Mine will have a ridge beam but it's not that heavy - slices of ply staggered and bolted together.

    Starting from scratch I think the big thing I'd want to learn a lot more about is structural engineering. My house would eventually need an SE sign off anyway but having a detailed plan which was generally plausible but just needed a few tweaks would have saved me a bit of hassle and left me with a design I was happier with the construction of, I think.
    • CommentAuthorringi
    • CommentTimeJan 10th 2017
     
    I wish there were architects that understood structural engineering and “buildability”, it seems that architects don’t care how hard it is to build, or what size beams will be needed for their nice shapes, structural engineering don’t think about how beams will be moved etc, and builders don’t understand the “why” of most of what they do….
    • CommentAuthorFred56
    • CommentTimeJan 10th 2017
     
    "Nick, yes never too late and I would be interested to learn just wish I had done it already to get me out of this mess."

    Try OU T357, introduces the basics and a good understanding.

    Bits of it are free through the OpenLearn portal.
  2.  
    Posted By: ringiI wish there were architects that understood structural engineering and “buildability”, it seems that architects don’t care how hard it is to build, or what size beams will be needed for their nice shapes

    Architects have the dreams, the SEs job is make sure the dreams don't fall down..........Daughter-in-law an architect, Son-in-law a SE.:cool::cool:
    •  
      CommentAuthorjoe90
    • CommentTimeJan 10th 2017
     
    Well I think I have sort out my problem without an S.E., I found a supplier that has a very good web site that lists with diagrams what is achievable and yes with a smallish ridge beam I can achieve what I want. Tomorrow I will be doing drawings and referring to this site and ask the builder to forward it onto his supplier. If it's successful I will post what I propose/found for others who may have similar problems.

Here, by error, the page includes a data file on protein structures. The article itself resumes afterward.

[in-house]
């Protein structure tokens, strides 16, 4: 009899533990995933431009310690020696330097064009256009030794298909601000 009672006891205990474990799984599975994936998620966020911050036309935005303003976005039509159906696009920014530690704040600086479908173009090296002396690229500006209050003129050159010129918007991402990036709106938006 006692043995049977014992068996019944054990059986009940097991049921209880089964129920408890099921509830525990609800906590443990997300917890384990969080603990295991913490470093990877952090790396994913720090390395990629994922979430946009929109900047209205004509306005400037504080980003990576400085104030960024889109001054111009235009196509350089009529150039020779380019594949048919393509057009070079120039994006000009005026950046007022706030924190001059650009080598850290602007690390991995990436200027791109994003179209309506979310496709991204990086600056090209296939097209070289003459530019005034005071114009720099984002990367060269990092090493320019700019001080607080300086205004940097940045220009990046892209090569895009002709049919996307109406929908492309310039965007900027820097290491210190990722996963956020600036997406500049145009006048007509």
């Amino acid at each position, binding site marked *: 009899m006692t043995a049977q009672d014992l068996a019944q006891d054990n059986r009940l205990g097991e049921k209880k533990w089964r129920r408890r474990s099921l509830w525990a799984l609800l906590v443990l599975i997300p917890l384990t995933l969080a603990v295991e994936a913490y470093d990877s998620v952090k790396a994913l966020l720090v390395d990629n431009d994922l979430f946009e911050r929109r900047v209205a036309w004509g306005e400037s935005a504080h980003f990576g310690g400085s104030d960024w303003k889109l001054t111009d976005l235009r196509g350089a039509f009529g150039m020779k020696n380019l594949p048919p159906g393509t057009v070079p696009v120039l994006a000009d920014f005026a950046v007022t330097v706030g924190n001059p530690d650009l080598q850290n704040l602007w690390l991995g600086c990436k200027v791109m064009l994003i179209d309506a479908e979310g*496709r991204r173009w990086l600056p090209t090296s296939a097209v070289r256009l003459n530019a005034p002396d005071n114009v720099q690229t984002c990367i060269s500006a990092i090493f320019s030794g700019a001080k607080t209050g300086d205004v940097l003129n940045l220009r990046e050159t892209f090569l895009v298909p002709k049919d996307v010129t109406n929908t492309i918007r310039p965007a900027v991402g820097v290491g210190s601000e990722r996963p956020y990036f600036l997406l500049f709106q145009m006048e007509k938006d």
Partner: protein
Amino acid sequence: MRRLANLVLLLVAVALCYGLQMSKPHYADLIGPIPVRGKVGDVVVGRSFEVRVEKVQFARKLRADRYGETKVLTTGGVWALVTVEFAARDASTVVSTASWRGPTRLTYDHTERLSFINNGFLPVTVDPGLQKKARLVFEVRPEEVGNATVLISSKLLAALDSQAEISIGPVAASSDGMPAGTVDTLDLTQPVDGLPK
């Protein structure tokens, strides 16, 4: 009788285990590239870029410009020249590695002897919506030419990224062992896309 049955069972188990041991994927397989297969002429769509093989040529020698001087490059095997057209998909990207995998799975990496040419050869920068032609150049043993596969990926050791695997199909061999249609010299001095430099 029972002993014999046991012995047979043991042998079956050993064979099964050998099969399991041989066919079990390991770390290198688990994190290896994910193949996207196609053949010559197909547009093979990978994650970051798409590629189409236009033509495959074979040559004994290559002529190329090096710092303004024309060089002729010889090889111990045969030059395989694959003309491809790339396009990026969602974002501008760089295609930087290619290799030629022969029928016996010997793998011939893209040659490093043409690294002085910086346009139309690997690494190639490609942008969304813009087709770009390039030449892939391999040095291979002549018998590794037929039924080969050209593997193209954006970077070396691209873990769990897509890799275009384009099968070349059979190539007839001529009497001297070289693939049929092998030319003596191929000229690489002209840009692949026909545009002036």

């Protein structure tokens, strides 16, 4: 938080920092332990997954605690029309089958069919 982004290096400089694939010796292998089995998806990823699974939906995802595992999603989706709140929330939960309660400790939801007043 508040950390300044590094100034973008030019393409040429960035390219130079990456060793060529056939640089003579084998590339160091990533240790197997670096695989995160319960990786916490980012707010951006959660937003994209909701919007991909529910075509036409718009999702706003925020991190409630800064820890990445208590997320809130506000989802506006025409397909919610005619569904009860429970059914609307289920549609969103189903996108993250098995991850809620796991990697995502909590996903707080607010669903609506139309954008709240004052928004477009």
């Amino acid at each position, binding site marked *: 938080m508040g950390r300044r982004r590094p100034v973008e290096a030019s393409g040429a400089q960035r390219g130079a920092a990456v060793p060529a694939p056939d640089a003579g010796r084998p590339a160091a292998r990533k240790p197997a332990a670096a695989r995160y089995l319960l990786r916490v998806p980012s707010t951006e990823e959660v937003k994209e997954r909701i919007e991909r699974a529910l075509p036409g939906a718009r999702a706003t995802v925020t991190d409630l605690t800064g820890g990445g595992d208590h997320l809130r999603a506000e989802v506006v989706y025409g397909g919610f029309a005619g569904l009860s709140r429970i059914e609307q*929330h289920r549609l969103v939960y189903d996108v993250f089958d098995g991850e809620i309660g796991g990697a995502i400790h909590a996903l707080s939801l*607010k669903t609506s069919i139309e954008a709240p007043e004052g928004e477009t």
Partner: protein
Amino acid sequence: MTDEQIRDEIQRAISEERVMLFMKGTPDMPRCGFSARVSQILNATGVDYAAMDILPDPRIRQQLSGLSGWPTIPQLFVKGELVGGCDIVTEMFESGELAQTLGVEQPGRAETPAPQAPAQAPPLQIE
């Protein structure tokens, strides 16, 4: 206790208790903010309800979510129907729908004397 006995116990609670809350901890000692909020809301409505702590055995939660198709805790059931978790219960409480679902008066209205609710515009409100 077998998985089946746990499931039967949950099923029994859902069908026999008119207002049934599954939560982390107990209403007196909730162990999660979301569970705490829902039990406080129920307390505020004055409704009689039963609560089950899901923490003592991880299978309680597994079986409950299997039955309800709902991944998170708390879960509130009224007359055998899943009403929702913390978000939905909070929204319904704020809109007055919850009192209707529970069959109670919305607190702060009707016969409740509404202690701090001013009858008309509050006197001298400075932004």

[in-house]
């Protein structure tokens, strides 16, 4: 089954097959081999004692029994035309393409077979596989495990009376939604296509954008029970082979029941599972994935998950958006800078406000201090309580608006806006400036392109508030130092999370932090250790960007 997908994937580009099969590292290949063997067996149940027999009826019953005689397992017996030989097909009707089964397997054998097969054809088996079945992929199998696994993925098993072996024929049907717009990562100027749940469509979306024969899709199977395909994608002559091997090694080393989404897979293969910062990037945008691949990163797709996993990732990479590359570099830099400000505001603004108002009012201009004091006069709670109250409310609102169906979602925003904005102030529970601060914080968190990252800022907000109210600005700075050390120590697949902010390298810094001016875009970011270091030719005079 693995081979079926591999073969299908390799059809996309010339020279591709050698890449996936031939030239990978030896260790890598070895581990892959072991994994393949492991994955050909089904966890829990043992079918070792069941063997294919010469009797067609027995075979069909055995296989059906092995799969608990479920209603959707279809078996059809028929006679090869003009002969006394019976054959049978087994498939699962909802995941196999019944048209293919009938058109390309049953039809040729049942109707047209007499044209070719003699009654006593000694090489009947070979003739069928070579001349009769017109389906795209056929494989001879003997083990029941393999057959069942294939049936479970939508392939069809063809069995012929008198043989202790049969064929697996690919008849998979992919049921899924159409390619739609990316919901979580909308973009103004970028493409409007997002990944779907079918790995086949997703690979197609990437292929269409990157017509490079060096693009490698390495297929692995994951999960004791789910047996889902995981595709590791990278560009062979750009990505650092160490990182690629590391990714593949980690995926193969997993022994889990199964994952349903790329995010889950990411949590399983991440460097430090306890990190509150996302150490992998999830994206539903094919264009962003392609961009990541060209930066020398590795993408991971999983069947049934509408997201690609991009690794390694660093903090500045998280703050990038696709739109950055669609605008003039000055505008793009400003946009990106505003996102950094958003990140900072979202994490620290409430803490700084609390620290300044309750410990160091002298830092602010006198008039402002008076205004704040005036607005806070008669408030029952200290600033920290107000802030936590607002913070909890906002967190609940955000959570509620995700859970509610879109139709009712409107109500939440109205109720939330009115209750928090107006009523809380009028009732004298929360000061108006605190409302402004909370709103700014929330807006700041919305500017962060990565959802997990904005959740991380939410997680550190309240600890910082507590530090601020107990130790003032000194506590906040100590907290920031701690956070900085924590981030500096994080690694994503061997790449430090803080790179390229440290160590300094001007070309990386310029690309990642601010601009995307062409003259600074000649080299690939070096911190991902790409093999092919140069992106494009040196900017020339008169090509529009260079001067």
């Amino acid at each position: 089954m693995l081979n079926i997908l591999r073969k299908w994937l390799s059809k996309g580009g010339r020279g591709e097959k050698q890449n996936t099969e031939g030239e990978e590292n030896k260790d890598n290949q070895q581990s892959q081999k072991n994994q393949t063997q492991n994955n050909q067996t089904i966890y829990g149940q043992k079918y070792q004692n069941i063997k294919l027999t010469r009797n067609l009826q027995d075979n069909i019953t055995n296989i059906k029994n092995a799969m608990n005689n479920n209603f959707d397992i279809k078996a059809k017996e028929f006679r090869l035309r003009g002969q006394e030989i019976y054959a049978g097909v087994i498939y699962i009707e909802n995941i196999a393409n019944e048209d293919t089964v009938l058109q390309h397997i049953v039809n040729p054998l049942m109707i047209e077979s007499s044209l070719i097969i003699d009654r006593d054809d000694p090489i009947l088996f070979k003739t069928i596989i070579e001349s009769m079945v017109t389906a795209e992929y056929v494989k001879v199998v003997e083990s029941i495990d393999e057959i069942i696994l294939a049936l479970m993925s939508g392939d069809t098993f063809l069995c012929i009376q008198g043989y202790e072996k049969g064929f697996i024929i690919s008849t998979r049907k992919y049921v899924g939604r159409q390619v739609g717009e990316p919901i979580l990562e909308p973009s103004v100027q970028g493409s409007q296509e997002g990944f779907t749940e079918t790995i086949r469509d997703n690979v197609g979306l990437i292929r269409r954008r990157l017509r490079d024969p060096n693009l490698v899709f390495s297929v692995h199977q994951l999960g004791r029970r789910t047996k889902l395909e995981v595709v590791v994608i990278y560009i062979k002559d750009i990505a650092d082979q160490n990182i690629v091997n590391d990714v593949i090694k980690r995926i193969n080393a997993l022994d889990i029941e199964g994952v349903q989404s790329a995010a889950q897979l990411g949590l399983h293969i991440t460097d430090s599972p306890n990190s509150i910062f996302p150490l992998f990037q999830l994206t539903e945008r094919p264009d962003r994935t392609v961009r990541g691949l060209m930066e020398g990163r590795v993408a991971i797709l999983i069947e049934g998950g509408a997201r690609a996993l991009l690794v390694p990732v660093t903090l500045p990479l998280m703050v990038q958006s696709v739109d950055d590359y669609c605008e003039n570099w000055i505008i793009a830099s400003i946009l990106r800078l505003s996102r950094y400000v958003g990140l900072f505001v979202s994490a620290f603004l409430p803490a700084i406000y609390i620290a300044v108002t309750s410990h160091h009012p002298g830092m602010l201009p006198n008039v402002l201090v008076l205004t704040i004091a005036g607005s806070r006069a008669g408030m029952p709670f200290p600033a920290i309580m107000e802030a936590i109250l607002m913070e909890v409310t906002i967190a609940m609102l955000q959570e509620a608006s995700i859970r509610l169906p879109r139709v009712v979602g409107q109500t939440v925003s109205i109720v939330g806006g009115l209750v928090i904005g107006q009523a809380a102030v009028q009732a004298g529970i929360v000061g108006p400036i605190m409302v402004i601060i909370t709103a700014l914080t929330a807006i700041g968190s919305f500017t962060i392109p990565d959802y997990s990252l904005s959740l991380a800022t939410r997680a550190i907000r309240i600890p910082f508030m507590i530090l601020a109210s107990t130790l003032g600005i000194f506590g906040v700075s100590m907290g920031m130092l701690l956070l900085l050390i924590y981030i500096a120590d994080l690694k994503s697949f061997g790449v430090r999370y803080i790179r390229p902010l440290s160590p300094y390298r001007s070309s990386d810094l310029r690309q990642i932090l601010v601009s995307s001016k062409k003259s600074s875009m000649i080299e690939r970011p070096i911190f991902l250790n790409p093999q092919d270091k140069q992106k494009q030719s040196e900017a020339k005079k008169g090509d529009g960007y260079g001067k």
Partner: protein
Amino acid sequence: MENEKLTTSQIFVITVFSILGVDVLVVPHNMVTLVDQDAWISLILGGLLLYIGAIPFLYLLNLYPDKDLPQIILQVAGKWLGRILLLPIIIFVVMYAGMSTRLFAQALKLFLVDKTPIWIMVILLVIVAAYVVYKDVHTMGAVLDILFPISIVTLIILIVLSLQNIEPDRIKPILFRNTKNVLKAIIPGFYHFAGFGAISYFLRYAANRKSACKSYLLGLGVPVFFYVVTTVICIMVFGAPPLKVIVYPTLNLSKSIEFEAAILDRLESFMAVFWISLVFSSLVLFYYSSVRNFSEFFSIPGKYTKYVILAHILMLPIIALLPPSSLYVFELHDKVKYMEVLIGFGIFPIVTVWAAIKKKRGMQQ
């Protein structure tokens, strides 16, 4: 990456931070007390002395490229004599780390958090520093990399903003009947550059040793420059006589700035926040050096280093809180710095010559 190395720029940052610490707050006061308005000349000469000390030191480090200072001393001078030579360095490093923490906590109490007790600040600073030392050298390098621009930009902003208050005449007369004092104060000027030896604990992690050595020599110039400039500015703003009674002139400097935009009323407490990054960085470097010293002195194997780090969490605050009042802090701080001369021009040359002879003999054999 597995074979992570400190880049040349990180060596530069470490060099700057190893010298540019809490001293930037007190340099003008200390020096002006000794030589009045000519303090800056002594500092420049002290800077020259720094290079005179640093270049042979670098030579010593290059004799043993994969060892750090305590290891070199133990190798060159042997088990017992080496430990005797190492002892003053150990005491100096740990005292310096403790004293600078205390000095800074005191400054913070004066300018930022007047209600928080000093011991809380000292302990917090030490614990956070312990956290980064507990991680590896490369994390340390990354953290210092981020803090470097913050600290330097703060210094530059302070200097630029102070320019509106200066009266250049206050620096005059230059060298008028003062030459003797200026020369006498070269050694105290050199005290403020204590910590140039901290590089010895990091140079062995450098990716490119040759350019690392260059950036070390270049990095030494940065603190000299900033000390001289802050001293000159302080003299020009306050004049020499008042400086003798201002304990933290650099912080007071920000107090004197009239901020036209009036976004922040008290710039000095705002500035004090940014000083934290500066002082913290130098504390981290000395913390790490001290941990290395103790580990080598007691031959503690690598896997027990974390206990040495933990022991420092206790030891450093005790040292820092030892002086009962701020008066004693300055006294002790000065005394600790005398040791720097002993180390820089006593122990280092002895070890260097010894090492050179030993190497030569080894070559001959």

Thanks guys
    •  
      CommentAuthorfostertom
    • CommentTimeJan 11th 2017
     
    Joe, sounds like you have basically a monocoque shape (if you can assume it's 'closed' at floor level) which should be calculable as such by a SE - the sheathing doing most of the work - but then would you need I-beams when all you really need is to connect the sheet edges together and make sure they don't sag too much between those edges?
    •  
      CommentAuthorjoe90
    • CommentTimeJan 11th 2017 edited
     
    Ft, I agree with you and have ( as above) found a website ( BBA approved) that spells this out, I have sent it to my builder to hopefully get the nod. I have spent money on an S.E before when in my opinion it was not really required ( once bitted twice shy).

    Main reason for I beams as rafters is they give me 300mm depth for insulation without massive timbers ( warm roof)I will report back, wish me luck.
    •  
      CommentAuthorfostertom
    • CommentTimeJan 11th 2017
     
    Anywhere near Devon Joe? My favourite SE is brilliant, quick to understand, does minimal paperwork knowing that I like to do the drawing-up, earns every penny.
    • CommentAuthorEd Davies
    • CommentTimeJan 11th 2017
     
    Stunningly, he's actually put his location in his profile. Nearish Devon - at least seen from this distance. :wink:
    •  
      CommentAuthorSteamyTea
    • CommentTimeJan 12th 2017
     
    Joe90 can smell the pasties where he is. On the wrong side of the border though as far as the planning department is concerned.
    •  
      CommentAuthorfostertom
    • CommentTimeJan 12th 2017
     
    Not exacly from Bristol, unless the pasties have got there on a Ginsters truck! I've PM'd Joe, recommending http://pasquibbs.co.uk
    •  
      CommentAuthorSteamyTea
    • CommentTimeJan 12th 2017
     
    Careful Tom, you will be putting the jam and cream on the wrong way on your scone if you are not careful.
    That is then a very slippery slope.